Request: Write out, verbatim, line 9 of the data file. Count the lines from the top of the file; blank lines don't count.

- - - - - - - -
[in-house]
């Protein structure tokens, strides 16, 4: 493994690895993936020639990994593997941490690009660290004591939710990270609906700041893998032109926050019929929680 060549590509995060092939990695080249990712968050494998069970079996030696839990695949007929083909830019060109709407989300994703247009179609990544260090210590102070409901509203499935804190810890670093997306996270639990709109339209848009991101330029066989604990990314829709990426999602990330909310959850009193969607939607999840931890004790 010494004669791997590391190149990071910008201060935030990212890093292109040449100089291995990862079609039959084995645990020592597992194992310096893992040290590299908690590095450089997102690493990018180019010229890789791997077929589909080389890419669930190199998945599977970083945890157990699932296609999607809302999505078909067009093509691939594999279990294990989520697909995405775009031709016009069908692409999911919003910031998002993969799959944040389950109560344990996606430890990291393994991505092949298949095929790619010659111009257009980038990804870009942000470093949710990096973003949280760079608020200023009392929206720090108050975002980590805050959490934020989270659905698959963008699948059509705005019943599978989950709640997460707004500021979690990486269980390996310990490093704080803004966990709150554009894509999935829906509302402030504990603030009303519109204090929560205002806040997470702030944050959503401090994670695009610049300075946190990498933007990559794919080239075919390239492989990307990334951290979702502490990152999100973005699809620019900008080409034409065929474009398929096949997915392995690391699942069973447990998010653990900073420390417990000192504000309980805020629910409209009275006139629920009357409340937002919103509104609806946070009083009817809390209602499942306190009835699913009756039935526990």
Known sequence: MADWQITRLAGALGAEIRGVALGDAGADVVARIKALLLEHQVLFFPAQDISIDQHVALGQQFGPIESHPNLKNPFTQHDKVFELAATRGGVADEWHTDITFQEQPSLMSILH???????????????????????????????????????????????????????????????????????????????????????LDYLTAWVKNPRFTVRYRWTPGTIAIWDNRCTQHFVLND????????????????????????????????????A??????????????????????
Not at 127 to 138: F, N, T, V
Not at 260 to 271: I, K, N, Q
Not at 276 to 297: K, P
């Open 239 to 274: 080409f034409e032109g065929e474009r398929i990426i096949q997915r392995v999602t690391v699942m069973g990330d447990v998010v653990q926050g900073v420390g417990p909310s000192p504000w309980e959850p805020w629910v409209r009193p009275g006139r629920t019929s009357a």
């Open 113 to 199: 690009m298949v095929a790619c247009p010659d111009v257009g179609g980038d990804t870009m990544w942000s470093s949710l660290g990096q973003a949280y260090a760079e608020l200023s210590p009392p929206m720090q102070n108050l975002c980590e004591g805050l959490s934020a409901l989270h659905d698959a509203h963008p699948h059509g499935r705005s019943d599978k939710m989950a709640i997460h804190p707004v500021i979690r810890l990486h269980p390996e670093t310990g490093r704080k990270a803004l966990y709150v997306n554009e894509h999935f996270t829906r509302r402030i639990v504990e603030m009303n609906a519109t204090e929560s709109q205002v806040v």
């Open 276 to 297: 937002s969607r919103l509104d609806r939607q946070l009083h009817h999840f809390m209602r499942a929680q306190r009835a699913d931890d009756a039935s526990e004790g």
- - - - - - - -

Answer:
């Open 276 to 297: 937002s969607r919103l509104d609806r939607q946070l009083h009817h999840f809390m209602r499942a929680q306190r009835a699913d931890d009756a039935s526990e004790g």